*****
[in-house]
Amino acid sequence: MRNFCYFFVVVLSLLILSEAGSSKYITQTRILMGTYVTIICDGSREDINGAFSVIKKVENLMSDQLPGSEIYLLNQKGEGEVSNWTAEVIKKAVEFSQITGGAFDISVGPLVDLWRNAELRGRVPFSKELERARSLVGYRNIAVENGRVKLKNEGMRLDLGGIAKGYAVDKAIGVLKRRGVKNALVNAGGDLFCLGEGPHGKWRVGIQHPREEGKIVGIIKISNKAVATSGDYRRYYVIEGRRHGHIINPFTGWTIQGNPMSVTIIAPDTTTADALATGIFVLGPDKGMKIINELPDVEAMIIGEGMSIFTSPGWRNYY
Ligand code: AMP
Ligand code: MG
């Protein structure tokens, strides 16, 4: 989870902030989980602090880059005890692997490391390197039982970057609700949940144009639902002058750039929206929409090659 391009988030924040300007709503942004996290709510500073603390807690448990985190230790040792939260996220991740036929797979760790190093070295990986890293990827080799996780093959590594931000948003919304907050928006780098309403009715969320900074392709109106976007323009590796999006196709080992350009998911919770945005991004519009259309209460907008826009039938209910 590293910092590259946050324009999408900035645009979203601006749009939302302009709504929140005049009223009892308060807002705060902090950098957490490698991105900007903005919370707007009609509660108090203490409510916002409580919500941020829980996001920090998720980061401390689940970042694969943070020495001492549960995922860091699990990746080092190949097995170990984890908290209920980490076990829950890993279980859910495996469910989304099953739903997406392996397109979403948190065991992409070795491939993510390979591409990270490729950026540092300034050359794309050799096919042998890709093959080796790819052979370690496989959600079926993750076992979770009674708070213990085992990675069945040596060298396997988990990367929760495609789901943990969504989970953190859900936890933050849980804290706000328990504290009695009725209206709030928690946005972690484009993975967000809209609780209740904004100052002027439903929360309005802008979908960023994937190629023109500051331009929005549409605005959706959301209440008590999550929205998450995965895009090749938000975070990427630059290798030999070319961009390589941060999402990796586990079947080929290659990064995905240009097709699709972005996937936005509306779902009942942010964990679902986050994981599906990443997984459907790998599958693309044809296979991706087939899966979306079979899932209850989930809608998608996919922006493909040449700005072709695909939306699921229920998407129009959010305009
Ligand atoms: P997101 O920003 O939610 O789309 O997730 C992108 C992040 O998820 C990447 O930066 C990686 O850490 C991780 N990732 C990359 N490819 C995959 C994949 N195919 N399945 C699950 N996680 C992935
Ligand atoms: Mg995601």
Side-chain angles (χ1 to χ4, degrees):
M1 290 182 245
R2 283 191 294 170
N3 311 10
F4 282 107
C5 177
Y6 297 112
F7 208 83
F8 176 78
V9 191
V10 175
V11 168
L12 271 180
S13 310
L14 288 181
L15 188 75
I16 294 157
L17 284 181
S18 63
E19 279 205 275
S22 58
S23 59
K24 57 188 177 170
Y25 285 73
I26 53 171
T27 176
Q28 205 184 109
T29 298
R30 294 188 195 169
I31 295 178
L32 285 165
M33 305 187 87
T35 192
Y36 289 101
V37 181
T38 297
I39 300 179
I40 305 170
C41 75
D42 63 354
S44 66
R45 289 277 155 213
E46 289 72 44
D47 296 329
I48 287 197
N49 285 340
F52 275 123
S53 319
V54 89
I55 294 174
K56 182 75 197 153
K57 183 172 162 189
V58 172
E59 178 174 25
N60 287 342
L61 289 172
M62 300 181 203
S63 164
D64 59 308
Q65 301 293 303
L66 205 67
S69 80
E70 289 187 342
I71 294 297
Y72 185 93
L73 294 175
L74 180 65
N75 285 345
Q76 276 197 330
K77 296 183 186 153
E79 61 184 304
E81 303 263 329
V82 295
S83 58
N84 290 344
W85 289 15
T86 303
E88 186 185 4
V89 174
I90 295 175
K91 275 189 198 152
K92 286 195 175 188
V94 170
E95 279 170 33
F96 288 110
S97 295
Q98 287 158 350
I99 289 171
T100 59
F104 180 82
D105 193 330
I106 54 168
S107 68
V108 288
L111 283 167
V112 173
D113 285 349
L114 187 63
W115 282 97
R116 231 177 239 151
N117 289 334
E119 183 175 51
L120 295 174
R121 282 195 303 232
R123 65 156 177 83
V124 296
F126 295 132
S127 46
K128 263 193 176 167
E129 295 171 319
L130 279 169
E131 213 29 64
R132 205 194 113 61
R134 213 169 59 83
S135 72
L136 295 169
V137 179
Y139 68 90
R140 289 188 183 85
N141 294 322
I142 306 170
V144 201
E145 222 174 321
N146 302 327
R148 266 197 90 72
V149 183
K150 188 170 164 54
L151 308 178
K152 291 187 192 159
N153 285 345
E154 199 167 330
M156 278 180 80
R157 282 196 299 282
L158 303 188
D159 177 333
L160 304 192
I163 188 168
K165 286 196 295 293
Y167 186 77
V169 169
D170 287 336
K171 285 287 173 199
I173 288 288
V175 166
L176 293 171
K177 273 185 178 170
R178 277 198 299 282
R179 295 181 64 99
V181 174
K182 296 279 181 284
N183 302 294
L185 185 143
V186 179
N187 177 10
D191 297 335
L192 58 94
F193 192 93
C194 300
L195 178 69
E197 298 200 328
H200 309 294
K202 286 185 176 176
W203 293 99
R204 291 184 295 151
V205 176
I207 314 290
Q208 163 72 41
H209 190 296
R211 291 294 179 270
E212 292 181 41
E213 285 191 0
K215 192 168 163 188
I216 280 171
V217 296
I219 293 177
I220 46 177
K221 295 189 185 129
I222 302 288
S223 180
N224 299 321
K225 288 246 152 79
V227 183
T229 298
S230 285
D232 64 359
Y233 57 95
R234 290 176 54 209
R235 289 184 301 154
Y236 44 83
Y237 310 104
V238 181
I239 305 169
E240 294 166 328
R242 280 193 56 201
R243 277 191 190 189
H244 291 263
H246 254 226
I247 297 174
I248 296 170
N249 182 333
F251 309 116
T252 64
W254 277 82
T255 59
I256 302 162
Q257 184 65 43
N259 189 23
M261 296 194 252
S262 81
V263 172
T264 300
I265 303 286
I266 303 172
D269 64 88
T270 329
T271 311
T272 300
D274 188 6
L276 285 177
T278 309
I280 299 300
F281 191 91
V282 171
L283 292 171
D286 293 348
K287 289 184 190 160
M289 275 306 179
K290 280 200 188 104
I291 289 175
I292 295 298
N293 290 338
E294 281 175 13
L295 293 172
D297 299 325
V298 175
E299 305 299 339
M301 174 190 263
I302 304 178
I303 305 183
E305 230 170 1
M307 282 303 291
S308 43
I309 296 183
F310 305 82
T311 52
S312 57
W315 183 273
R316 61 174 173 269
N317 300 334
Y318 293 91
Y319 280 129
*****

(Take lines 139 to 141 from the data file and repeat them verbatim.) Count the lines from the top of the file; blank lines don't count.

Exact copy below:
M156 278 180 80
R157 282 196 299 282
L158 303 188